Finally, if you're in an area with a fair number of breweries - especially production breweries over brewpubs - try swinging by and asking if they have any defective kegs laying around you could have or buy on the cheap. There's a good chance they will. If you can get a free 1/2bbl keg, you're a $30 weld job away from a 15.5g boil kettle. Finding a way to scavenge an old keg is MUCH cheaper than buying a $300 Blichmann brew pot.
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Old 02-16-2010, 02:25 AM   #1959
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Re: TLDR Beer Club

This is awesome .
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Old 02-17-2010, 05:06 PM   #1960
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Re: TLDR Beer Club

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This is awesome .
Agreed

I've grown some interest in home brewing. My dad and brother make home made wine, how close/far away are the procedures?
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Old 02-17-2010, 06:32 PM   #1961
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Re: TLDR Beer Club

From what I've read, without having done wine, pretty close. There's a ton of equipment overlap, but biggest differences that I'm aware of are in finishing. Wines get sulfites, finings, and all that type of stuff, can be put up for long periods of time, and are always, as far as I know, bottled. Beers are often two weeks and done, fined only by whim, and can be kegged, which brings a whole new arena of equipment into play.

Beer can also be much cheaper on a batch-to-batch basis. Wine kits I see are often around $100. If you're all grain you can brew a 5%, 30 IBU beer for $15 or so. I knwo people definitely do both, mostly because the equipment overlap is so big. If I had the basic ingredients - grapes/juice, yeast, whatever else - I could probably make some wine without having to go out and buy anything else, at least until it was time to bottle.
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Old 02-18-2010, 03:40 AM   #1962
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Re: TLDR Beer Club

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Agreed

I've grown some interest in home brewing. My dad and brother make home made wine, how close/far away are the procedures?
It's the same basic process.

With wine, you ferment grape juice. Beer is fermented barley (or wheat) juice.

However, there is the extra step of conditioning beer to carbonate it.

If you're up in the air about it, a great place to start is cider. Basically you take some apple cider from the store, put it in a carboy (fermenter) with a bubbling air lock, add some yeast (I've used Champagne Yeast with success) and maybe a little pectic enzyme to clear it up. Let it sit for about 10-14 days and voila... Hard Cider.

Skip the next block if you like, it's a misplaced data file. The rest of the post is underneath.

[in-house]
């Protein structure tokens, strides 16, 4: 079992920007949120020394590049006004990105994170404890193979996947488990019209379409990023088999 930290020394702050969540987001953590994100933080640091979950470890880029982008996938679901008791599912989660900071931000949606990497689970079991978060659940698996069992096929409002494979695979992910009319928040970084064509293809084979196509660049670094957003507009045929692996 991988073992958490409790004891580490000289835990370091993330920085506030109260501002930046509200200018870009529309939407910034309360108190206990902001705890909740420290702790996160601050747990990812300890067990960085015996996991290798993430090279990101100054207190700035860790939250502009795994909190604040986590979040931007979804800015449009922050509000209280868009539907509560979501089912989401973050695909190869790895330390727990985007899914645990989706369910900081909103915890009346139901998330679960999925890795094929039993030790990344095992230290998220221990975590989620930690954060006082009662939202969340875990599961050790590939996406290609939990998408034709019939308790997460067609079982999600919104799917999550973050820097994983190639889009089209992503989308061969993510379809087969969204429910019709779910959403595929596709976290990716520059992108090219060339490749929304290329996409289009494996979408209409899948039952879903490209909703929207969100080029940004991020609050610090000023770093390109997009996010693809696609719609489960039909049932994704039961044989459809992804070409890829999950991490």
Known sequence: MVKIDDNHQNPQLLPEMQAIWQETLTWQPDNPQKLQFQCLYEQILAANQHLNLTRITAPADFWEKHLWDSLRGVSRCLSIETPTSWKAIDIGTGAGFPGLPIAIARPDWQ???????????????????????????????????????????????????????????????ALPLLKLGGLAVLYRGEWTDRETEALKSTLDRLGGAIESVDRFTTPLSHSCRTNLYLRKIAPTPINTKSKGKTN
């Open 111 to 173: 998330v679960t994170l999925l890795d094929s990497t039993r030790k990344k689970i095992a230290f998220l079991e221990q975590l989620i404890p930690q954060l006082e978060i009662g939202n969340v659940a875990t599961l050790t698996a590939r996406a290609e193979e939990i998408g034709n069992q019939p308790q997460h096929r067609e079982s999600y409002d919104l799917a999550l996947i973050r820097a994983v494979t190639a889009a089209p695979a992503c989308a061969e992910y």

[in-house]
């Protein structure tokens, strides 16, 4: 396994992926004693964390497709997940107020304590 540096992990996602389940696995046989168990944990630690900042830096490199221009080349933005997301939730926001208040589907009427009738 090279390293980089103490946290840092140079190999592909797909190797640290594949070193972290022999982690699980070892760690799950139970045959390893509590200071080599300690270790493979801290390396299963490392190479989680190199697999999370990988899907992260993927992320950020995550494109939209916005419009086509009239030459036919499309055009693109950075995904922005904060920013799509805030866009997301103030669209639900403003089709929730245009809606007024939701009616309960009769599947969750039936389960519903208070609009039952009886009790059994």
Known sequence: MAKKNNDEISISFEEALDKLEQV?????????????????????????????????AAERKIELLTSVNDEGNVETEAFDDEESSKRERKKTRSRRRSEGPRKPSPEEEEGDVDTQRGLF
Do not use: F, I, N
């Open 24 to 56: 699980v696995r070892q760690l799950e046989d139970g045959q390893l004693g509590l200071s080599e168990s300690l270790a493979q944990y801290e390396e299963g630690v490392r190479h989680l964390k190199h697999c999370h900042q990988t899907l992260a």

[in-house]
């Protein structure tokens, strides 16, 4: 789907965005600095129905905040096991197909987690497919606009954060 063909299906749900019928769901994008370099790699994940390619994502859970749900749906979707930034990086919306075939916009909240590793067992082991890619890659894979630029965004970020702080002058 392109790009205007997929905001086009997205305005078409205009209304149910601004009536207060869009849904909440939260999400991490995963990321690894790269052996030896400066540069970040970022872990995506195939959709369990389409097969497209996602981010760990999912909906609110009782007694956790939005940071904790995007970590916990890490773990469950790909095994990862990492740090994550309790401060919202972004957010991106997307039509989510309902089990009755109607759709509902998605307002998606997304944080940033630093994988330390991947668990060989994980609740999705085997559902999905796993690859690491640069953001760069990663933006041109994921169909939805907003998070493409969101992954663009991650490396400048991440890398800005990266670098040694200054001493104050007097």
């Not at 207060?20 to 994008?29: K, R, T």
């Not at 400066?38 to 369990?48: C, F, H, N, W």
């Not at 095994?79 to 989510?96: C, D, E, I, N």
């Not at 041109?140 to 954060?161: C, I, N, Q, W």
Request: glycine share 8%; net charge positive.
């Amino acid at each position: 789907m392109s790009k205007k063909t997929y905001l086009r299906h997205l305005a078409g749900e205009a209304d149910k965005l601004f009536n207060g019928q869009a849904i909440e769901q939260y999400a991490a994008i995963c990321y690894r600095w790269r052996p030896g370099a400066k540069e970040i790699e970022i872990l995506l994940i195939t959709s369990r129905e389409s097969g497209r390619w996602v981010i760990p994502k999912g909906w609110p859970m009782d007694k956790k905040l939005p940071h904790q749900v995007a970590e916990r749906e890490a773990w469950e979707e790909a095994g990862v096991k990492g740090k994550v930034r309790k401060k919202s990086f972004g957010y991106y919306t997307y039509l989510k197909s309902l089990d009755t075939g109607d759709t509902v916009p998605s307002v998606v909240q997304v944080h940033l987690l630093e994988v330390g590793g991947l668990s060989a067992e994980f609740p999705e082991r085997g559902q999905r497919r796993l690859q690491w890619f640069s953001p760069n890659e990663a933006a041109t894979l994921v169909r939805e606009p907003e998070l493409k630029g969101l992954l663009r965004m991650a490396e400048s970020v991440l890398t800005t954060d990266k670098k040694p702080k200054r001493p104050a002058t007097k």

There's probably more to making wine than that, and there are definitely a couple more steps making beer, but that might help you get the hang of things. Just go to your local homebrew/wine-making shop and tell 'em what you want to do. They'll send you home with the stuff you need (fairly minimal investment) and more specific instructions. Give it a go and ask us questions along the way. If you don't like it, then maybe this hobby isn't for you.
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Old 02-18-2010, 10:18 AM   #1963
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Re: TLDR Beer Club

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Haven't seen anyone mention it here, but I'm recently digging the Torpedo Extra IPA from Sierra Nevada.
I tried this for the first time last night and found it extremely enjoyable. It is very well balanced. This may sound contradictory but it was both crisp and malty at the same time. It also had a nice bitter/sweet contrast.

The orange color and resilient fluffy white head were picture worthy as well.
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Old 02-18-2010, 01:03 PM   #1964
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Re: TLDR Beer Club

RDH, is the grain mill really that bad or are you just spoiled by working at a brewery?

One or two brewing supply stores in the area makes us mill our own grain (at least it's free though) and they have what looks to be identical mills. It takes a bit, but often seems the length of time is directly related to having to keep the different bags of grain separate (since most of these places also sell by the half or whole lb, we won't use all the grain and can't just mix it up right there).

So anyways, I see these mills around for the low $100 range. I see them pop up cheaper on craigslist once in a blue moon and was thinking about buying one, that way I can just bulk buy most of my base grains and just mail order specialty grain. The closest brewing store near me is in a ****ty part of town (traffic wise) and I had grown spoiled being 10 minutes from a supplier a year ago.

TLDR Is the mill worth purchasing?
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Old 02-18-2010, 07:07 PM   #1965
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Re: TLDR Beer Club

Nah, it's actually a really good mill in my limited experience. I got it used off craigslist, so I got the non-adjustable version. Even so, it gives a really good crush. If I had an adjustable, I would probably close the gap a bit, but as it is my efficiency is pretty much the same using it v. having the shop mill my grain. I'll see exactly how long it takes me to go through my grain this weekend, but 30lbs really will take a while. The biggest problem is the hopper. It can't hold more than 2, maybe 2.5lbs of grain, so you crank away for thirty seconds or a minute, then have to stop and load two more pounds in, etc. If I do motorize it I'll obviously have to build a bigger hopper as well.